Vergil and another friend were waiting in the visitors area when I was released. The three of us rode in our friend’s car without saying a word. What was there to say? They didn’t have the words to comfort and I wasn’t in a state to be comforted. I thanked them, got out of the car and went up to my apartment. I stood there for a moment in the dark. Feeling a helplessness I had never known.

The next day and a half, I didn’t go out. I didn’t answer the phone. I didn’t make any calls. I laid on the floor on my back, sometimes eyes open staring at the ceiling, sometimes eyes closed, but the whole time, imagining. Imagining HOW I could get a hold of a machete! Yes, it had to be a machete. Not a gun, because I didn’t want to kill policemen. I wanted to SLAY policemen. I wanted them to FEEL hurt and pain and anguish…as I had.

I came to my senses. Or rather, came back to myself. I abhor violence. I think my only physical altercation ever was in first grade and maybe lasted 30 seconds. That is not who I am and I was not going to be turned into something that wasn’t my nature because of them. I felt somewhat better. I felt I was coming back to my center. I needed to because today was the day of my friend, Bernard’s wedding. Bernard, another friend and I were driving to the wedding together and I was supposed to meet them on a corner near my apartment.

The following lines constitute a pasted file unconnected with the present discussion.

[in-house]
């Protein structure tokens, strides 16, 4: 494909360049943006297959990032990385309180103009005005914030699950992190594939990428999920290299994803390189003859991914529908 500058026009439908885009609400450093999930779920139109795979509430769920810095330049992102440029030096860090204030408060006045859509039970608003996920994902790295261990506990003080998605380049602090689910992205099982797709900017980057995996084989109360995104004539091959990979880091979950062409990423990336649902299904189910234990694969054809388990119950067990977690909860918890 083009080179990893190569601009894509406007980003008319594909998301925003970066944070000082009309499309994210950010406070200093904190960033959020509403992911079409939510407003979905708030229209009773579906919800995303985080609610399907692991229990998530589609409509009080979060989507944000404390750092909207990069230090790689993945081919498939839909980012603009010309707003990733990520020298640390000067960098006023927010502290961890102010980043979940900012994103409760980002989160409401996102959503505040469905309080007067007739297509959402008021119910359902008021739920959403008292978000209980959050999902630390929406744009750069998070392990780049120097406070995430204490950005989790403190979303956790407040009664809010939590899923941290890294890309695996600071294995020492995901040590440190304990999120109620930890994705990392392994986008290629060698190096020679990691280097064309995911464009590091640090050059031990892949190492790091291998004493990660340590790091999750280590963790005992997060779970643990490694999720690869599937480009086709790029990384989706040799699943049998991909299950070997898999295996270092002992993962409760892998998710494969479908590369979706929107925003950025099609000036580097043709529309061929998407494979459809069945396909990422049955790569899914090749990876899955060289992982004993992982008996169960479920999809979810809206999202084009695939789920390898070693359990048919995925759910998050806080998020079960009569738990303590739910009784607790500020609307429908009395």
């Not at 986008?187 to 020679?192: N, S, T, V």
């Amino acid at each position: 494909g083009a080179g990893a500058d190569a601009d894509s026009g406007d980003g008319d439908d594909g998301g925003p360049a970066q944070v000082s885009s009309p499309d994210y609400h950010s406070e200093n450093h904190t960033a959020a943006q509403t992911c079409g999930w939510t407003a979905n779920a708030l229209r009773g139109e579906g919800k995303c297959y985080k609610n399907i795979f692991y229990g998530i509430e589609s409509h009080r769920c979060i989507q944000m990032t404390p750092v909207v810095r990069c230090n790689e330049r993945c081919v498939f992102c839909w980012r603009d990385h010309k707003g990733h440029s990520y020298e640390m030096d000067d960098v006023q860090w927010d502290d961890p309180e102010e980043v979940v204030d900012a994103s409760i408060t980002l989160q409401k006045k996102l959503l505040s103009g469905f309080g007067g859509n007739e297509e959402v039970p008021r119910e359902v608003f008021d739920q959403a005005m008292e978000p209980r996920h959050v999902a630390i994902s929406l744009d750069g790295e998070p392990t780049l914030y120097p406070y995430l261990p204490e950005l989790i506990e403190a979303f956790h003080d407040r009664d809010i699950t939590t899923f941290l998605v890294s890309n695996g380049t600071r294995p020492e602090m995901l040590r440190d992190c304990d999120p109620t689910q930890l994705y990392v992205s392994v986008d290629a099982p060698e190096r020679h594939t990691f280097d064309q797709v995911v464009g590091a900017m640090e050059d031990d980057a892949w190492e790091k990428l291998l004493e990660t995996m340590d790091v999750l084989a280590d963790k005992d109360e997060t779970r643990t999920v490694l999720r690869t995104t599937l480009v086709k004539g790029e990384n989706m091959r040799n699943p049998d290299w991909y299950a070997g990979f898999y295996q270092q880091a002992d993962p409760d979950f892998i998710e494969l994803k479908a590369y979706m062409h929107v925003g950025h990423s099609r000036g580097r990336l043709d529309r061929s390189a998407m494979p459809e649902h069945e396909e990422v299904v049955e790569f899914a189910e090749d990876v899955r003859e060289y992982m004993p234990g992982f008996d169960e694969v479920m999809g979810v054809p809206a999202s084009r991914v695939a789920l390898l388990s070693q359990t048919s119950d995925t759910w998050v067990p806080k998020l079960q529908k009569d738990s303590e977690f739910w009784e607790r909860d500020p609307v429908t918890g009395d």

I grabbed my suit and left my apartment for the first time since the incident. A lovely and sunny day, it felt good to be outside. I walked to the corner of the intersection of Broadway and Buena and waited for Bernard. As I stood on the corner, I saw a police paddy wagon stop at the intersection across the street from me. The light turned green and it drove by. The policemen inside, didn’t even glance in my direction. However, upon seeing the police, I began to shake uncontrollably. I couldn’t stop. I tried to settle myself by taking deep breaths. It began to subside. I kept taking deep breaths and I thought, what’s happened to me?

The rest of that day, I was consumed with the thought ‘how do I stop this? How do I get this out of me?!’ I don’t want to have this fear inside of me.

It wasn’t until the following day, that I could even talk about what happened? I called a close friend and before I could utter a word, I started to cry. ( I have to tell you, I’m crying now as I write this. I’m crying for the person this happened to and for those it continues to happen to )